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Beverly Billingsly Takes a Bow
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About the Author

ALEXANDER STADLER is the author-illustrator of Lila Bloom and Duncan Rumplemeyer's Bad Birthday, as well as the Beverly Billingsly books. He lives in Philadelphia, Pennsylvania.

Reviews

K-Gr 2-First introduced in Beverly Billingsly Borrows a Book (Harcourt, 2002), the endearing animal is back, this time excited about upcoming auditions for the school play. However, despite her energetic practicing and emoting, when the day comes she freezes and ends up playing a rock and a shrub. On opening night, Beverly rescues the star performer, who falls victim to her own stage fright. The story is told with gentle, quirky, child-friendly humor, nicely matched by bright, cheerful, also quirky gouache-and-ink illustrations in mostly soft shades edged in black. Pair this with Cari Best's Shrinking Violet (Farrar, 2001) for a storytime that celebrates shyness, kindness, and resilience.-Grace Oliff, Ann Blanche Smith School, Hillsdale, NJ Copyright 2003 Reed Business Information.

Beverly, who became a library patron in Stadler's Beverly Billingsly Borrows a Book, makes an unprepossessing theatrical debut here. The little gray creature loves playing dress-up at home. She decides on an acting career and plans on singing in her school musical. But she bombs at her audition after counting "twenty-seven faces. That made fifty-four eyes staring at her and waiting." She can't utter a peep. Her theater teacher, a kindly lion, gives her "two parts-The Wall and The Shrub," and one spoken line. Despite her disappointment, Beverly makes the most of her supporting roles. She learns the play by heart and, disguised as background foliage, whispers a prompt when the nervous lead actress gets tongue-tied. Beverly's own stage fright seems to help her empathize with her rival, and she takes her bow with a beatific smile; Stadler, who draws in a pleasingly fumbling ink line with daubs of gouache, conveys her genuine contentment. His story's most convincing moments, including the resolution, happen among the animal-classmates, among them a calf, hippo and crocodile. Beverly's father gives her advice-"there are no small parts, only small actors"-which takes on a dual meaning when Beverly quashes her jealousy to help the star. Stadler's book echoes Horace and Morris Join the Chorus (But What About Dolores?), another piece of good counsel for those consigned to the wings and not the footlights. Ages 3-7. (Apr.) Copyright 2003 Reed Business Information.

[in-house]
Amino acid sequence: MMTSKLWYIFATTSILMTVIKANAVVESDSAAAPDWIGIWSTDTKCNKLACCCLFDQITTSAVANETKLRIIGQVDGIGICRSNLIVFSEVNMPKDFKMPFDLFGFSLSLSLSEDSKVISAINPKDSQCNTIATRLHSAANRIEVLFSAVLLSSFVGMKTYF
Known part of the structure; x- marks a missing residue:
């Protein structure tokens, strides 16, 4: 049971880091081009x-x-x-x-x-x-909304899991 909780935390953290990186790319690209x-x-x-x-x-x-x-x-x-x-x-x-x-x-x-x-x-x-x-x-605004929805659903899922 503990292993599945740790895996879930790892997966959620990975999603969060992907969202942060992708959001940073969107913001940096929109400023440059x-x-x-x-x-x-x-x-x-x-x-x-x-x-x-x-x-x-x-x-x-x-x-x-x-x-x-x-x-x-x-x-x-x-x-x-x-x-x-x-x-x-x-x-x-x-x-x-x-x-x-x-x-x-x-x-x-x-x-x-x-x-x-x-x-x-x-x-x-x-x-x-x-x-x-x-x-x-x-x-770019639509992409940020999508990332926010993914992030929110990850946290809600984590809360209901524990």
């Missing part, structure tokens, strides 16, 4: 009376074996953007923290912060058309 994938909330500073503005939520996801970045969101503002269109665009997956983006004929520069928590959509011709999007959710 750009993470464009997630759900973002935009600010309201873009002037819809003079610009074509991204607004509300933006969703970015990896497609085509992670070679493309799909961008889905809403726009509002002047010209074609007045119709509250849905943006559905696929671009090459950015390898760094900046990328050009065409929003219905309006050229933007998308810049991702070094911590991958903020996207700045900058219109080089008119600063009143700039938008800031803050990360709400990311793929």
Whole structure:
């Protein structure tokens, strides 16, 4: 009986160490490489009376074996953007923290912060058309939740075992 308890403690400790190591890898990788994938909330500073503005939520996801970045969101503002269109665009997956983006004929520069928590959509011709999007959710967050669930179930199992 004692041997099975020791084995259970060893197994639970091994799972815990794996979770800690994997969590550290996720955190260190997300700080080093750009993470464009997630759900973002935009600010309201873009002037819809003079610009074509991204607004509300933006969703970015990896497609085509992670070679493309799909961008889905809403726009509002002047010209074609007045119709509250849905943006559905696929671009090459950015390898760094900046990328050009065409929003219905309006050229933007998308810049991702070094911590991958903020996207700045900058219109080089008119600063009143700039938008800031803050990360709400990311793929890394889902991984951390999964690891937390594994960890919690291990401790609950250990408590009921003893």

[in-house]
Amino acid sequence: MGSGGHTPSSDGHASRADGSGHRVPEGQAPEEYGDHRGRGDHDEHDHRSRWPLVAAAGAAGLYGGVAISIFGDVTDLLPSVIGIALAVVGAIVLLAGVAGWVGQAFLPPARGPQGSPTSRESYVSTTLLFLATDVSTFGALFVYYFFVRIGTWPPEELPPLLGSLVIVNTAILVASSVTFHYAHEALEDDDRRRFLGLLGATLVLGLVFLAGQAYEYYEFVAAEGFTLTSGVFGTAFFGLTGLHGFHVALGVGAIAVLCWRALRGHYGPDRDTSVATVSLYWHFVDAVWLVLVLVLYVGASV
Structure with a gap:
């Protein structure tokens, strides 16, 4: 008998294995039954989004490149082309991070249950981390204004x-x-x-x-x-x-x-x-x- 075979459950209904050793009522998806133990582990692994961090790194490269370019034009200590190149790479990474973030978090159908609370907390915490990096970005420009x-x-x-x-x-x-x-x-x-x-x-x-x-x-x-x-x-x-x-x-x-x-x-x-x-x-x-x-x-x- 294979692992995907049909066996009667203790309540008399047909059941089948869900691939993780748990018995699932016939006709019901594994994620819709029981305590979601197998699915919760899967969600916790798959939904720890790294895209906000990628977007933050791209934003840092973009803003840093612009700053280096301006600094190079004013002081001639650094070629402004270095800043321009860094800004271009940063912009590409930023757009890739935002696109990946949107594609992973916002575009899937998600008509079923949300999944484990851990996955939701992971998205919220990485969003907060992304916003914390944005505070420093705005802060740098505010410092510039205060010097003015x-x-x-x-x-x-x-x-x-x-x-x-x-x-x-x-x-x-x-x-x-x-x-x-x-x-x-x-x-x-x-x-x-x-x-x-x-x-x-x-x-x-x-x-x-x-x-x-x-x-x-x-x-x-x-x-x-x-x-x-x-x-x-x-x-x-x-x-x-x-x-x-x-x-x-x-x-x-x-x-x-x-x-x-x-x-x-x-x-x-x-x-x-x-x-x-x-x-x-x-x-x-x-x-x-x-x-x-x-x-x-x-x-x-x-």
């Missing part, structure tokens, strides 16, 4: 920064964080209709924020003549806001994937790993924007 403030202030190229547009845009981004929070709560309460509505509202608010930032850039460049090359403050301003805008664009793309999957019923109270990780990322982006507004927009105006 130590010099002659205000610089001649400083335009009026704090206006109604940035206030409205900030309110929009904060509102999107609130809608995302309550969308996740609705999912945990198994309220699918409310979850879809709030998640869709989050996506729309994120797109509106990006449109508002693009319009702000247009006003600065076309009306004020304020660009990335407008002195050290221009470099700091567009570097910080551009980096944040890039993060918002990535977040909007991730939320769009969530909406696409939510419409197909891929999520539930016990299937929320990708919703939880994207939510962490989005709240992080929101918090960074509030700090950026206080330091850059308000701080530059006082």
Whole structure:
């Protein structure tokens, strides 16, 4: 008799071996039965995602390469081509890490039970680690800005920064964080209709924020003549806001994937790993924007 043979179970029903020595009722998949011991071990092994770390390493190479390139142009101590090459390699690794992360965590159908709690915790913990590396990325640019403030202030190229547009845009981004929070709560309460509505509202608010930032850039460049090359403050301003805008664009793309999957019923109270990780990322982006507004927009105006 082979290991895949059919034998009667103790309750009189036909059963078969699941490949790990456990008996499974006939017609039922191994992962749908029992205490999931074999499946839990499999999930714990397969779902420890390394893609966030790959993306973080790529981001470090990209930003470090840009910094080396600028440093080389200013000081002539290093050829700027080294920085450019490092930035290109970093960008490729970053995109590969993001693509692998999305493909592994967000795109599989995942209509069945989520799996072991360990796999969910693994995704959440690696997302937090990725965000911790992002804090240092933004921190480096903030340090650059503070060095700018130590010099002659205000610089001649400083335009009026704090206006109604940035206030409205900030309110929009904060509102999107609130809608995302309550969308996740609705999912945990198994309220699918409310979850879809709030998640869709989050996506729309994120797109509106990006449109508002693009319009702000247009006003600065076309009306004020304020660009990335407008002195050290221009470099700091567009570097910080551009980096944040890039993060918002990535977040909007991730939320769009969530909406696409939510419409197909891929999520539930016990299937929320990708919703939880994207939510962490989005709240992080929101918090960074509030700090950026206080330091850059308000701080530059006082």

"Told with gentle, quirky, child-friendly humor."--School Library Journal
[star] "Good counsel for those consigned to the wings and not the footlights."--Publishers Weekly (starred review)

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